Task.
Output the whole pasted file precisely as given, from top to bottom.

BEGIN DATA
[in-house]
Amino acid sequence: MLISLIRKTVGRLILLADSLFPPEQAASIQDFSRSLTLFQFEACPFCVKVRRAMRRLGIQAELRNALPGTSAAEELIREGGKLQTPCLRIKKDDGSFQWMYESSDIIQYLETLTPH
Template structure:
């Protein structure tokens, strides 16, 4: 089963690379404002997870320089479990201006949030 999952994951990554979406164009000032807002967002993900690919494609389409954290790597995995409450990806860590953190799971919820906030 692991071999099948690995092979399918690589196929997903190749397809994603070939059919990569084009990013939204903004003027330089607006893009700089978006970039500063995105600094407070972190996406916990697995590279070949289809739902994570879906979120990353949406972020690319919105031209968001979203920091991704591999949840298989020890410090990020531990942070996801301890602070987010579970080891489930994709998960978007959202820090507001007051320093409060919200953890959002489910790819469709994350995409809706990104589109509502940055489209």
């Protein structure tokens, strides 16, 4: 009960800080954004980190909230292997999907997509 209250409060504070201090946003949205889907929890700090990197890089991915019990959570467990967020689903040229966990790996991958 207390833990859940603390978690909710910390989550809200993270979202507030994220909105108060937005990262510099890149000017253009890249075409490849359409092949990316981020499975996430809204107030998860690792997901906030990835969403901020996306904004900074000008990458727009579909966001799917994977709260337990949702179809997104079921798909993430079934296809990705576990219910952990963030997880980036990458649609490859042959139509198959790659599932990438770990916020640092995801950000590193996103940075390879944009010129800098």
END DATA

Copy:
[in-house]
Amino acid sequence: MLISLIRKTVGRLILLADSLFPPEQAASIQDFSRSLTLFQFEACPFCVKVRRAMRRLGIQAELRNALPGTSAAEELIREGGKLQTPCLRIKKDDGSFQWMYESSDIIQYLETLTPH
Template structure:
């Protein structure tokens, strides 16, 4: 089963690379404002997870320089479990201006949030 999952994951990554979406164009000032807002967002993900690919494609389409954290790597995995409450990806860590953190799971919820906030 692991071999099948690995092979399918690589196929997903190749397809994603070939059919990569084009990013939204903004003027330089607006893009700089978006970039500063995105600094407070972190996406916990697995590279070949289809739902994570879906979120990353949406972020690319919105031209968001979203920091991704591999949840298989020890410090990020531990942070996801301890602070987010579970080891489930994709998960978007959202820090507001007051320093409060919200953890959002489910790819469709994350995409809706990104589109509502940055489209």
């Protein structure tokens, strides 16, 4: 009960800080954004980190909230292997999907997509 209250409060504070201090946003949205889907929890700090990197890089991915019990959570467990967020689903040229966990790996991958 207390833990859940603390978690909710910390989550809200993270979202507030994220909105108060937005990262510099890149000017253009890249075409490849359409092949990316981020499975996430809204107030998860690792997901906030990835969403901020996306904004900074000008990458727009579909966001799917994977709260337990949702179809997104079921798909993430079934296809990705576990219910952990963030997880980036990458649609490859042959139509198959790659599932990438770990916020640092995801950000590193996103940075390879944009010129800098």